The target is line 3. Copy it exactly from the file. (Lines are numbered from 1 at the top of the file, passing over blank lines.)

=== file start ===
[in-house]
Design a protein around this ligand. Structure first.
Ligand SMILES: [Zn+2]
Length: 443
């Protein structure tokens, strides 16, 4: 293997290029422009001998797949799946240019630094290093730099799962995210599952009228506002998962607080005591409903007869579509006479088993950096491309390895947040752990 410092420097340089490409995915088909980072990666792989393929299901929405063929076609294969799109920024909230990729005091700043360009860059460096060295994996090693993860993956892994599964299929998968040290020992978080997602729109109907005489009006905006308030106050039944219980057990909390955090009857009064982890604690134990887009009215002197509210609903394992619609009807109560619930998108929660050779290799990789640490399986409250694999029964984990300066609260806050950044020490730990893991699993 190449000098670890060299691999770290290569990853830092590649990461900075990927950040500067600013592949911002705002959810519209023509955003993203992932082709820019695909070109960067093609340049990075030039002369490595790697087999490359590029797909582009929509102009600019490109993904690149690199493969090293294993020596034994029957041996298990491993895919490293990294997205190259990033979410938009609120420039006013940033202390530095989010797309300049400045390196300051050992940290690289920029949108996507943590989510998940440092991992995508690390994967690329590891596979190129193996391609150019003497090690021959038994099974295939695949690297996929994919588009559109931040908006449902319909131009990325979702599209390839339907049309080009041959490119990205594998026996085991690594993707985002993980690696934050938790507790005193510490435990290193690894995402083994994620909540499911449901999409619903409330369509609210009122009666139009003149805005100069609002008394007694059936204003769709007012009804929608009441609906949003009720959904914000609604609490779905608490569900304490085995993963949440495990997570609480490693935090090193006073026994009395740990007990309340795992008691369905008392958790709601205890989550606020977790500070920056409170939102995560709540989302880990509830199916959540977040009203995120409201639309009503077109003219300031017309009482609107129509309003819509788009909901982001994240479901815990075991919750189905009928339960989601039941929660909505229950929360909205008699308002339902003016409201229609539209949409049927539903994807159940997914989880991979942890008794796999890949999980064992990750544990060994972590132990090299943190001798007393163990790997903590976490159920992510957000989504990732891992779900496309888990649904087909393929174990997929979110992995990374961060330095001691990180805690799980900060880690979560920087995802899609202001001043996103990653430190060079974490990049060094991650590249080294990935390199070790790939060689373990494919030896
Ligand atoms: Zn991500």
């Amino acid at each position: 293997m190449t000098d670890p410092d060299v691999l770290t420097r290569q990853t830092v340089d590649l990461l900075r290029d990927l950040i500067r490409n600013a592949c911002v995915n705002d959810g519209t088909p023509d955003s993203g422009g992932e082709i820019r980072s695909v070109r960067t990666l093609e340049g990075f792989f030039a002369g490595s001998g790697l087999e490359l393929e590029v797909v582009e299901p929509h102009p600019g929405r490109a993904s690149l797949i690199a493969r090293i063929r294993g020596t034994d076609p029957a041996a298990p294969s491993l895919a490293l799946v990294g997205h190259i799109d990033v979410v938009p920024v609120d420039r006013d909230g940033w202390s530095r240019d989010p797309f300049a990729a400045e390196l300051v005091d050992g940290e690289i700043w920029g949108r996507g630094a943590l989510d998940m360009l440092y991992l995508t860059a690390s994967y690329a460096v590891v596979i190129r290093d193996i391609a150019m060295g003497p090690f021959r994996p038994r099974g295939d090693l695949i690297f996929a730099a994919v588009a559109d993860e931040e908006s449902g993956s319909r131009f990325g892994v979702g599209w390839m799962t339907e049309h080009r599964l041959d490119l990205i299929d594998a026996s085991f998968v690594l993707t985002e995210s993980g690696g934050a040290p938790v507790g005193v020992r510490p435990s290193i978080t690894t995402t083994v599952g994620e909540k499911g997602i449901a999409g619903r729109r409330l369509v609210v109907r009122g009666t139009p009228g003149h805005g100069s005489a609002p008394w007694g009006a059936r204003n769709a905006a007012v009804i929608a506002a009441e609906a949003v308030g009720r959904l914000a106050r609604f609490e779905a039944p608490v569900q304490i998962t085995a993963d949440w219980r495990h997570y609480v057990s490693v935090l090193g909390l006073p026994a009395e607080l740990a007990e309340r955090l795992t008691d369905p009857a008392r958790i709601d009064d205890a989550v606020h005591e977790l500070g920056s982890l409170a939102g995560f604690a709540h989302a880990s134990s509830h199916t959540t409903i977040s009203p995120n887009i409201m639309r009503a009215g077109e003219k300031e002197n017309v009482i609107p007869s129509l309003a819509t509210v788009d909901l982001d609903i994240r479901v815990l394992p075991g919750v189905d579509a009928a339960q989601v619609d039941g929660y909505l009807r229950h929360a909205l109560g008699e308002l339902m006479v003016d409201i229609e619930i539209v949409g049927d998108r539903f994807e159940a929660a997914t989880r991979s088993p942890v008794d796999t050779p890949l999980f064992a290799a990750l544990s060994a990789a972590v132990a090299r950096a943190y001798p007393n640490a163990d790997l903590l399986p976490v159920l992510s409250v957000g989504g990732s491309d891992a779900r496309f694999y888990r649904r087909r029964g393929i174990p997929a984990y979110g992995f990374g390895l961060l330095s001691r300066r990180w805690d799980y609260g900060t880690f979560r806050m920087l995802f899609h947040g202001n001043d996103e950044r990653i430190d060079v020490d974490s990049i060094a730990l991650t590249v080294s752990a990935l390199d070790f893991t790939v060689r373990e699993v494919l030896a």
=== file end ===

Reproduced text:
Ligand SMILES: [Zn+2]